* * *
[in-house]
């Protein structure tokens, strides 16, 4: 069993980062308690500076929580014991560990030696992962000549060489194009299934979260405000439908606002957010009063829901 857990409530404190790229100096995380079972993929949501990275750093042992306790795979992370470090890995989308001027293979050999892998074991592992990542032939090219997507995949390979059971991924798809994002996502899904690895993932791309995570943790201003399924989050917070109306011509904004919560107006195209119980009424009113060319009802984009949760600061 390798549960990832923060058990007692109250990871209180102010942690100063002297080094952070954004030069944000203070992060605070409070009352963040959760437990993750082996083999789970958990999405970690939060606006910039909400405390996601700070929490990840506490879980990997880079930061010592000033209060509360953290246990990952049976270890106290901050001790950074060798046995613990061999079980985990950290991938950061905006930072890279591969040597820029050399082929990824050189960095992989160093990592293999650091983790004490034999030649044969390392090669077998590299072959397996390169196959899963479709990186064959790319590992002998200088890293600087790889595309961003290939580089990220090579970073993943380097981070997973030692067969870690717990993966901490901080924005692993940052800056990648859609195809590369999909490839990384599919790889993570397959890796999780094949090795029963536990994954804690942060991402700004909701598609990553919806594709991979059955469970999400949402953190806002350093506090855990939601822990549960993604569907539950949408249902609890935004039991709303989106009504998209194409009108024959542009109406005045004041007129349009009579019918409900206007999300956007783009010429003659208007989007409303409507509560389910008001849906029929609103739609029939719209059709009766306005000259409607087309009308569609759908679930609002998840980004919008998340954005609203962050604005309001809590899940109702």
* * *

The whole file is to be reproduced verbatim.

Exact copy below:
[in-house]
């Protein structure tokens, strides 16, 4: 069993980062308690500076929580014991560990030696992962000549060489194009299934979260405000439908606002957010009063829901 857990409530404190790229100096995380079972993929949501990275750093042992306790795979992370470090890995989308001027293979050999892998074991592992990542032939090219997507995949390979059971991924798809994002996502899904690895993932791309995570943790201003399924989050917070109306011509904004919560107006195209119980009424009113060319009802984009949760600061 390798549960990832923060058990007692109250990871209180102010942690100063002297080094952070954004030069944000203070992060605070409070009352963040959760437990993750082996083999789970958990999405970690939060606006910039909400405390996601700070929490990840506490879980990997880079930061010592000033209060509360953290246990990952049976270890106290901050001790950074060798046995613990061999079980985990950290991938950061905006930072890279591969040597820029050399082929990824050189960095992989160093990592293999650091983790004490034999030649044969390392090669077998590299072959397996390169196959899963479709990186064959790319590992002998200088890293600087790889595309961003290939580089990220090579970073993943380097981070997973030692067969870690717990993966901490901080924005692993940052800056990648859609195809590369999909490839990384599919790889993570397959890796999780094949090795029963536990994954804690942060991402700004909701598609990553919806594709991979059955469970999400949402953190806002350093506090855990939601822990549960993604569907539950949408249902609890935004039991709303989106009504998209194409009108024959542009109406005045004041007129349009009579019918409900206007999300956007783009010429003659208007989007409303409507509560389910008001849906029929609103739609029939719209059709009766306005000259409607087309009308569609759908679930609002998840980004919008998340954005609203962050604005309001809590899940109702």